moves to quash the notice of garnishment served upon its branch in Quezon City by
the authorized deputy sheri of this Court. It contends that the service of the notice
by the authorized deputy sheri of the court contravenes Section 11
Commonwealth Act No. 105, as amended which reads: 'All writs and processes
issued by the Court shall be served and executed free of charge by provincial or city
sheris, or by any person authorized by this Court, in the same manner as writs and
processes of Courts of First Instance.' Following the law, the Bank argues that it is
the Sheri of Quezon City, and not the Clerk of this Court who is its Ex-Ocio
Sheri, that has the authority to serve the notice of garnishment, and that the
actual service by the latter ocer of said notice is therefore not in order. The Court
nds no merit in this argument. Republic Act No. 4201 has, since June 19, 1965,
already repealed Commonwealth Act No. 103, and under this law, it is now the
Clerk of this Court that is at the same time the Ex-Ocio Sheri. As such Ex-Ocio
Sheri, the Clerk of this Court has therefore the authority to issue writs of
execution and notices of garnishment in an area encompassing the whole of the
country, including Quezon City, since his area of authority is coterminous with that
of the Court itself, which is national in nature. . .. At this stage, the Court notes from
the record that the appeal to the Supreme Court by individual employees of PHHC
which questions the award of attorney's fees to Atty. Gabriel V. Manansala, has
already been dismissed and that the same became nal and executory on August 9,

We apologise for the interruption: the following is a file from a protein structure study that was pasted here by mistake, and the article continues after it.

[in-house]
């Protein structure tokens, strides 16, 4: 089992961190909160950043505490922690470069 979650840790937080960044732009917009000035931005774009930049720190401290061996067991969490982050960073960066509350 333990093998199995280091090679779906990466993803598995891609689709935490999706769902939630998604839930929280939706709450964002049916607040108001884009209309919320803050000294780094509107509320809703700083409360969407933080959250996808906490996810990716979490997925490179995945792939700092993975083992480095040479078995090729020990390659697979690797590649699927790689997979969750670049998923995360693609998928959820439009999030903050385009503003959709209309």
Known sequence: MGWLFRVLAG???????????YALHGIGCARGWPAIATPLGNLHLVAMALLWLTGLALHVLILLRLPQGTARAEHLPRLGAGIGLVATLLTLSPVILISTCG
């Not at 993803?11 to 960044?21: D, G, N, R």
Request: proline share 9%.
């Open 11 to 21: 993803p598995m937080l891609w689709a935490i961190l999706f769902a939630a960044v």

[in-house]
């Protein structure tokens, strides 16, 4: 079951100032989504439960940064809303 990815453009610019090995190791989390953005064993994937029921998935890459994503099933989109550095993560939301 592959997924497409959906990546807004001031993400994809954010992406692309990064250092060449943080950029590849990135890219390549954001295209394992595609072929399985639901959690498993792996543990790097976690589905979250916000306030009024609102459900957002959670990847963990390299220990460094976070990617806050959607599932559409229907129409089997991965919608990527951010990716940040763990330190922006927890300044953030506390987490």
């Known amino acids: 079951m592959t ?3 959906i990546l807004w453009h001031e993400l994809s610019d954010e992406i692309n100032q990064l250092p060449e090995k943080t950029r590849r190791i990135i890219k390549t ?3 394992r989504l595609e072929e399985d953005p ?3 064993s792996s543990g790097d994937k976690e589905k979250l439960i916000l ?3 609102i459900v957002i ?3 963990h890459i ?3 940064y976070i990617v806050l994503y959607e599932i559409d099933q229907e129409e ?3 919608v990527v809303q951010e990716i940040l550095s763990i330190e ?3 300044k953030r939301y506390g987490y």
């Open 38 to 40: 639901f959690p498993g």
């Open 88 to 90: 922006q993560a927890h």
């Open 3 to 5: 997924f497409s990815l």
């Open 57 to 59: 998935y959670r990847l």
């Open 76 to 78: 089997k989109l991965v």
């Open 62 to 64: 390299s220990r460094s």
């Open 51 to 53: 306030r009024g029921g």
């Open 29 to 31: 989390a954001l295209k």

1970. There is no longer any reason, therefore, for withholding action in this case.
[Wherefore], the motion to quash led by the Philippine National Bank is denied for
lack of merit. The said Bank is therefore ordered to comply within ve days from
receipt with the 'notice of Garnishment' dated May 6, 1970." 5 There was a motion
for reconsideration led by petitioner, but in a resolution dated September 22,
1970, it was denied. Hence, this certiorari petition.
prLL

As noted at the outset, the petition lacks merit.


1.
The plea for setting aside the notice of garnishment was premised on the
funds of the People's Homesite and Housing Corporation deposited with petitioner
being "public in character." There was not even a categorical assertion to that eect.

It is only the possibility of its being "public in character." The tone was thus
irresolute, the approach dident. The premise that the funds could be spoken of as
public in character may be accepted in the sense that the People's Homesite and
Housing Corporation was a government-owned entity. It does not follow though
that they were exempt from garnishment. National Shipyard and Steel Corporation
v. Court of Industrial Relations 6 is squarely in point. As was explicitly stated in the
opinion of the then Justice, later Chief Justice, Concepcion: "The allegation to the
eect that the funds of the NASSCO are public funds of the government, and that,
as such, the same may not be garnished, attached or levied upon, is untenable for,
as a government owned and controlled corporation, the NASSCO has a personality
of its own, distinct and separate from that of the Government. It has pursuant to
Section 2 of Executive Order No. 356, dated October 23, 1950 . . . , pursuant to